1397P - Use of mobile applications in oncology: is it possible for patients and healthcare professionals to easily identify relevant tools?

Date 28 September 2014
Event ESMO 2014
Session Poster Display session
Topics Patient Education and Advocacy
Presenter Benoit Brouard
Citation Annals of Oncology (2014) 25 (suppl_4): iv486-iv493. 10.1093/annonc/mdu353
Authors B. Brouard1, P. Bardo1, C. Bonnet2, M. Vignot3, C. Even4, G. Tossen1, J. Mazeron2, J. Soria5, S. Vignot1
  • 1Oncologie Et Hématologie, Hôpitaux de Chartres, 28000 - Chartres/FR
  • 2Gh Pitié Salpêtrière, Assistance Publique Hôpitaux de Paris, 75013 - Paris/FR
  • 3Gh Pitié Salpêtrière, ICAN, 75013 - Paris/FR
  • 4Head And Neck Department, Gustave Roussy, 94805 - Villejuif/FR
  • 5Ditep, Gustave Roussy, 94805 - Villejuif/FR



A large number of mobile applications (apps) for smartphones, tablets and other mobiles devices are related to health issues. Some of them are specifically dedicated to cancer (diagnosis, treatment, follow-up). It could be difficult for users to identify relevant apps and to estimate if contents could be use in clinical practice. In this study, we propose to describe the profile of apps in Oncology according to their target audience: general population, cancer patients (pts) or healthcare professionals.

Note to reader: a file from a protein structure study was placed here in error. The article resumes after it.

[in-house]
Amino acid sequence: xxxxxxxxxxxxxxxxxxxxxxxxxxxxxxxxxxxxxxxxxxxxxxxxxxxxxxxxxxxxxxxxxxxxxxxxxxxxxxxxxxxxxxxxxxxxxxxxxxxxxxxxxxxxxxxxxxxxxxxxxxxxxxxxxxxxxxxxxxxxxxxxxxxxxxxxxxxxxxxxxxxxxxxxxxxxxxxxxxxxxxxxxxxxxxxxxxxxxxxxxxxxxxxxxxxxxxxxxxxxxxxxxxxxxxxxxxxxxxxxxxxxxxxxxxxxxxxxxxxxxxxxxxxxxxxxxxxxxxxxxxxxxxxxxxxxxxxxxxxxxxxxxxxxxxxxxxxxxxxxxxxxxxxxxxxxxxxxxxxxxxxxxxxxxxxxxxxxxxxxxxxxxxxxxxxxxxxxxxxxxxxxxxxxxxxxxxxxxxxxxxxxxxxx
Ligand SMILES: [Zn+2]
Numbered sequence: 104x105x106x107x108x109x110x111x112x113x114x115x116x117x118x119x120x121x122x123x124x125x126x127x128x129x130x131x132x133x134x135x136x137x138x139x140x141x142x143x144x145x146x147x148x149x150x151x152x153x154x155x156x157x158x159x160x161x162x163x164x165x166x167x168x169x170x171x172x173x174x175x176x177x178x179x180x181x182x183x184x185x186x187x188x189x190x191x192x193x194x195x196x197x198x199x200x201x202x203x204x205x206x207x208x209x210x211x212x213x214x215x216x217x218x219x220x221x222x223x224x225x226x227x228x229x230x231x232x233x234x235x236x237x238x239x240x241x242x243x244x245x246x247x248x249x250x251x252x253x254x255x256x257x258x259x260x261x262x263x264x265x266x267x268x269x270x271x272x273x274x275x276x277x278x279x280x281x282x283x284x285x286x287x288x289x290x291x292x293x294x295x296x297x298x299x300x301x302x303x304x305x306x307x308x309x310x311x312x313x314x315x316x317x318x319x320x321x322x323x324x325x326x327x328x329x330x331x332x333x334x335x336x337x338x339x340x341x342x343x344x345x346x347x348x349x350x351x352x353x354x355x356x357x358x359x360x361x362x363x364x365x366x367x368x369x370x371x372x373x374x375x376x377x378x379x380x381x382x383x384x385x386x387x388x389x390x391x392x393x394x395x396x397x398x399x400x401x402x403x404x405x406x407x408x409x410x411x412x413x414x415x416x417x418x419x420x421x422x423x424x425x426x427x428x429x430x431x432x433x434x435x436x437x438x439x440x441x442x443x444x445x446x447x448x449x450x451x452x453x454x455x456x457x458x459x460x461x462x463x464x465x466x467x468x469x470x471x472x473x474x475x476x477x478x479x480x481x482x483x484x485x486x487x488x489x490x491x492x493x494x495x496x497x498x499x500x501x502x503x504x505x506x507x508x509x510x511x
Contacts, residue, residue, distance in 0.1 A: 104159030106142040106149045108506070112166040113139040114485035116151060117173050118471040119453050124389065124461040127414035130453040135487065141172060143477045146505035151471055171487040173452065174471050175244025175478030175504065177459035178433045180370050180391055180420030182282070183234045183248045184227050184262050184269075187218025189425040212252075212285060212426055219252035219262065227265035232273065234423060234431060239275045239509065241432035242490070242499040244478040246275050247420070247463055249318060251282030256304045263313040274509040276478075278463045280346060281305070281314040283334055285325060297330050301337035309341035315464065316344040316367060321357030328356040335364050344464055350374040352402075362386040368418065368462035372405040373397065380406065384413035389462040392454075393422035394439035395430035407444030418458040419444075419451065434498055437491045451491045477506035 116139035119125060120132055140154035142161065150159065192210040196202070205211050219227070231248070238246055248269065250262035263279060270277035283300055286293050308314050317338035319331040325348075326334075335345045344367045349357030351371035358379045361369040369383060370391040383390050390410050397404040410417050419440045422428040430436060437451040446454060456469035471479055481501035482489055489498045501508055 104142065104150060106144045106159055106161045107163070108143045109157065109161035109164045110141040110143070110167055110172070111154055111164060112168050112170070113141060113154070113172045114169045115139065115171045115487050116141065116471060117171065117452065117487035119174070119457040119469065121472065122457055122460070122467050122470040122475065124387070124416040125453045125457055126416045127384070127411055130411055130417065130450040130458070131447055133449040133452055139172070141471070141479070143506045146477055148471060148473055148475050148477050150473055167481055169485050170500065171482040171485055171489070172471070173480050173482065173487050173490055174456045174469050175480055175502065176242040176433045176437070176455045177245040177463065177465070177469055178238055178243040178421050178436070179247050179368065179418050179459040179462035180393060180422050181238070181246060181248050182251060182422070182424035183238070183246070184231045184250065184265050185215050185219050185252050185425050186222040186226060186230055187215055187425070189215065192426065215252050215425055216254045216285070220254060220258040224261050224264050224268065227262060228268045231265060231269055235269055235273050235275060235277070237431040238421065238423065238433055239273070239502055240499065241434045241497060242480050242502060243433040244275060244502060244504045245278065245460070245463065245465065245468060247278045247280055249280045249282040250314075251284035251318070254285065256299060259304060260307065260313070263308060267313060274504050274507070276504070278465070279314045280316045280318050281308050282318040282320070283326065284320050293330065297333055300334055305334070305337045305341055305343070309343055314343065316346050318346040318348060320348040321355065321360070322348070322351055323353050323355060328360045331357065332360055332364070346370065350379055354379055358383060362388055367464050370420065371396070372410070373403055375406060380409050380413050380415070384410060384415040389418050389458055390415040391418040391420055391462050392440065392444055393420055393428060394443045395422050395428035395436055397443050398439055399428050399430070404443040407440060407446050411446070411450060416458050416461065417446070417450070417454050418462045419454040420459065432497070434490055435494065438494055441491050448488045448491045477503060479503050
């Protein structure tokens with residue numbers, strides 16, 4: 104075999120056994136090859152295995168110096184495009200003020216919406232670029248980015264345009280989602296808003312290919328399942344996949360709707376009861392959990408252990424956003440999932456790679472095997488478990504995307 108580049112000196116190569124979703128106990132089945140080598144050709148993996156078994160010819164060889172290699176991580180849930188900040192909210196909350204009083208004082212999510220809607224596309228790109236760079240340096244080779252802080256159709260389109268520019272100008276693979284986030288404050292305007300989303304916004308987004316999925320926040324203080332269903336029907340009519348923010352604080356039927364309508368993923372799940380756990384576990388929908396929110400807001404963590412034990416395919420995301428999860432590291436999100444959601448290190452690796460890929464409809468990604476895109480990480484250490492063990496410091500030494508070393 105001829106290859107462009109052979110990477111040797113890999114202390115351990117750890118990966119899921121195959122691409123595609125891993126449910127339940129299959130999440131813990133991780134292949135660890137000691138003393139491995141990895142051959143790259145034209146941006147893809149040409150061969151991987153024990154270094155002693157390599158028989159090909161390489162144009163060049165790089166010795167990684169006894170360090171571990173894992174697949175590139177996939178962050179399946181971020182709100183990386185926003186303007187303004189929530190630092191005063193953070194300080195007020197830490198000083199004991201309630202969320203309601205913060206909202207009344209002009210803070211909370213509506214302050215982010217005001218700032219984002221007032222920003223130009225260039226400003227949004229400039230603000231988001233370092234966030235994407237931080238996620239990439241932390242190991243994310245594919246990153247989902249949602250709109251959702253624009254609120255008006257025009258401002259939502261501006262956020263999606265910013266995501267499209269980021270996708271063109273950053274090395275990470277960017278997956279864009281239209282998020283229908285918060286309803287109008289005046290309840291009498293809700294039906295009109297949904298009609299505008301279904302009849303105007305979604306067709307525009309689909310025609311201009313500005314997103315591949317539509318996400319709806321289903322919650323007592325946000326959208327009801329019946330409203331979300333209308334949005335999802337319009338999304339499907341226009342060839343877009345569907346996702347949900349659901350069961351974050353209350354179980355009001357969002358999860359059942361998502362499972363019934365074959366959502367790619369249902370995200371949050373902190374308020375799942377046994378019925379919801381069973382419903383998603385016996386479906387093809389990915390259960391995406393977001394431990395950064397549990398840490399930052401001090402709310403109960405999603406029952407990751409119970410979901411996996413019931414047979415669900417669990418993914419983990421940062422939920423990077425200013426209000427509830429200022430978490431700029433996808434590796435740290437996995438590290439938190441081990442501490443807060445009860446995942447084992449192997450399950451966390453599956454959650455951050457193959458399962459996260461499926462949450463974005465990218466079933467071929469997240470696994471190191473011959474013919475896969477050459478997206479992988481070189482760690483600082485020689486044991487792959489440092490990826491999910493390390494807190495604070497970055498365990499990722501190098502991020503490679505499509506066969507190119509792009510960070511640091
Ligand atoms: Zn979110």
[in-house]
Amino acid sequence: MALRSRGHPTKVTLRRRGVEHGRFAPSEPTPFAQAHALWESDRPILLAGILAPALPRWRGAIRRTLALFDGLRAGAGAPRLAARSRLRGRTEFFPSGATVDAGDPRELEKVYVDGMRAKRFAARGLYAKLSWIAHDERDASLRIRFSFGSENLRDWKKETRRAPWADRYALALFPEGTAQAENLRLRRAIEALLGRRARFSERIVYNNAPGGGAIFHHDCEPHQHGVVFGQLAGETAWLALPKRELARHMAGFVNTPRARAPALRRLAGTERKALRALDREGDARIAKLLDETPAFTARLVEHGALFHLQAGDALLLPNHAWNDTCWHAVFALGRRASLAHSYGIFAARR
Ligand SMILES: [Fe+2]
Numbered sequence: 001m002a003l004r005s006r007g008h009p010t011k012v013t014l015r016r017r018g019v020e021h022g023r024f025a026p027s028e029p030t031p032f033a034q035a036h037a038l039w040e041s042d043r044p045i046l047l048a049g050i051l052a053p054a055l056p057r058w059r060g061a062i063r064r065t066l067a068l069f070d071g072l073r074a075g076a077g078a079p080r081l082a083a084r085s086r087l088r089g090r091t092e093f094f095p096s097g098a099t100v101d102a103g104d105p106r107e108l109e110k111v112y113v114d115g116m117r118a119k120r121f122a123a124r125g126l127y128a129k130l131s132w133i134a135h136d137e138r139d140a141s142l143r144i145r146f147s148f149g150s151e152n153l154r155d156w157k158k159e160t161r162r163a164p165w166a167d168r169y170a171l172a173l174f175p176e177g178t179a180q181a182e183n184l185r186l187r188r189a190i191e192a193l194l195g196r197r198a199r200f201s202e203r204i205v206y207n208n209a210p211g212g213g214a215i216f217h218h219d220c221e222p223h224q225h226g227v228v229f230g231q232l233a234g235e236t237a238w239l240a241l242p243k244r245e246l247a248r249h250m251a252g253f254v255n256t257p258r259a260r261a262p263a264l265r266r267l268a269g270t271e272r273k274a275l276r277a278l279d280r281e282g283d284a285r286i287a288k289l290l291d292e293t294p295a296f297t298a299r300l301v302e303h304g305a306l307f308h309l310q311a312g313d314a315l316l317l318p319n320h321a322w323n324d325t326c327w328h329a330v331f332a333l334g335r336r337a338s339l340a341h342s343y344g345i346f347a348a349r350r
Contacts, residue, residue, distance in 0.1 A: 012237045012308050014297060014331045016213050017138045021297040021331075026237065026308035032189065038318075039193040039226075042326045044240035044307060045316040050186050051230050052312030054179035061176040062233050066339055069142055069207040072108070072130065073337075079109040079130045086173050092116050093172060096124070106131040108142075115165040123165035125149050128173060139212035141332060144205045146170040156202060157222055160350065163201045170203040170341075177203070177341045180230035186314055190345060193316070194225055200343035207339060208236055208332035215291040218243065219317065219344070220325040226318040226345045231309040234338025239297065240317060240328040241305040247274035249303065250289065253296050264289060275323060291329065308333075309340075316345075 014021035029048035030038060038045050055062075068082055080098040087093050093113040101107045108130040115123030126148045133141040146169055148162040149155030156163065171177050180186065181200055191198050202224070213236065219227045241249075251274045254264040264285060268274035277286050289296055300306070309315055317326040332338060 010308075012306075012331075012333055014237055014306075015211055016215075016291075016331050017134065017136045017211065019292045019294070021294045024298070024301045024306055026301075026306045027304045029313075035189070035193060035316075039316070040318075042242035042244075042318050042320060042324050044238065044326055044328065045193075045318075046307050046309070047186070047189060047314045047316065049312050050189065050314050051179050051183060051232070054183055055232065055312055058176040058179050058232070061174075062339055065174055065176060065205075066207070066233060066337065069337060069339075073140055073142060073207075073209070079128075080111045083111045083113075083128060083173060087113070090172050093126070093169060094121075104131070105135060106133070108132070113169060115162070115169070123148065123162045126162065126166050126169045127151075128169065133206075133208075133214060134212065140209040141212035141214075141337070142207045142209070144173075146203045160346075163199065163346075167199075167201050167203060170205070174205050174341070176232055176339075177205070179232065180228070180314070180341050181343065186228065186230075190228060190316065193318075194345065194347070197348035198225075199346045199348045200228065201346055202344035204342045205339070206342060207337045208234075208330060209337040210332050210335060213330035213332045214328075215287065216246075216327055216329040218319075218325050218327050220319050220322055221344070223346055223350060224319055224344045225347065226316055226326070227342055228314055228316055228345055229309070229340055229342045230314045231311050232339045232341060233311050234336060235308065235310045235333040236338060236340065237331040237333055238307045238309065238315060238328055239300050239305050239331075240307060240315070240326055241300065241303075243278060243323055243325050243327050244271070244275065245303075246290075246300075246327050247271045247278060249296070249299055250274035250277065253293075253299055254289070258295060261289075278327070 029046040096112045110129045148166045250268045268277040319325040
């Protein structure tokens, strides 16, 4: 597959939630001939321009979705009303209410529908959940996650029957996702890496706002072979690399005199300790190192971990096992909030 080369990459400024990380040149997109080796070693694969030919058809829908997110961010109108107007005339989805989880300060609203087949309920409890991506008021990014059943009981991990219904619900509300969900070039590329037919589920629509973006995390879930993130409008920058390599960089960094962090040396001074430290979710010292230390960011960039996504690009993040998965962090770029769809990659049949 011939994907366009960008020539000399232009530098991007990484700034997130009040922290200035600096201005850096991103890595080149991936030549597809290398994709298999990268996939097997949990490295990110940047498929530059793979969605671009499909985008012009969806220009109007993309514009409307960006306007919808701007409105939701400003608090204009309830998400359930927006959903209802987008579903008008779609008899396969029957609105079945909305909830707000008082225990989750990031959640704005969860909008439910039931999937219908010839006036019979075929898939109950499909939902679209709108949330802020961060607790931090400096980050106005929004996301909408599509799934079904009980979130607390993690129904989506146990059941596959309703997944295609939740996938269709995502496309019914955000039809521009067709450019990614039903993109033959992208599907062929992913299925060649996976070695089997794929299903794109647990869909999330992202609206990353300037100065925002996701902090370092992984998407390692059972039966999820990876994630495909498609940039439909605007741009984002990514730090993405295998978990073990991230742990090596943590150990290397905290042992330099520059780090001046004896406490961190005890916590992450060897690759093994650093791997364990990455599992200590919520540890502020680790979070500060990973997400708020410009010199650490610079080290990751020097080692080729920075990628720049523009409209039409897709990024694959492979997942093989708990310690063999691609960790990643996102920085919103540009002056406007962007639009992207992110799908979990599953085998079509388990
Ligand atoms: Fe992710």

The study was performed on iTunes and Google Play and restricted to apps in English. Apps were identified using keywords "cancer", "oncology" and "chemotherapy" . The aim was to evaluate the purpose and the scientific validation for each app as described on stores according to its target audience. The funding was also considered.


539 apps were identified. The target audience was: general population 31%, pts 22 % and professionals 47%. For general population apps, main topics were information 32% and cancer prevention 25%. More than 92% of apps were free in this category and only 2% were declared as funded by pharmaceutical companies. A scientific validation was mentioned on stores in 18% of apps. For pts apps, main topics were information 51% and help for treatment monitoring 29%. 95 % were free and 4 % were sponsored. Scientific validation was mentioned in 27% of apps. For professional apps; main topics were information 52% and tools for prescription help 19%. 85 % were free and industry support was declared in 8% of apps. Scientific validation was mentioned in 52 %.


Most applications propose general information about cancer and some of them are especially dedicated to treatment follow up. If users try to identify relevant apps according to their presentation on stores, the purpose appears to be clearly presented but it is difficult to define if contents have been verified. Users should be aware that no scientific validation process is required before publication on stores and professionals should remain cautious about apps' contents, especially when they are dedicated to general population or patients. As many apps are free and not declared on stores as supported by industry, economic models of the apps could also be questioned and source of funding should be clarified.


All authors have declared no conflicts of interest.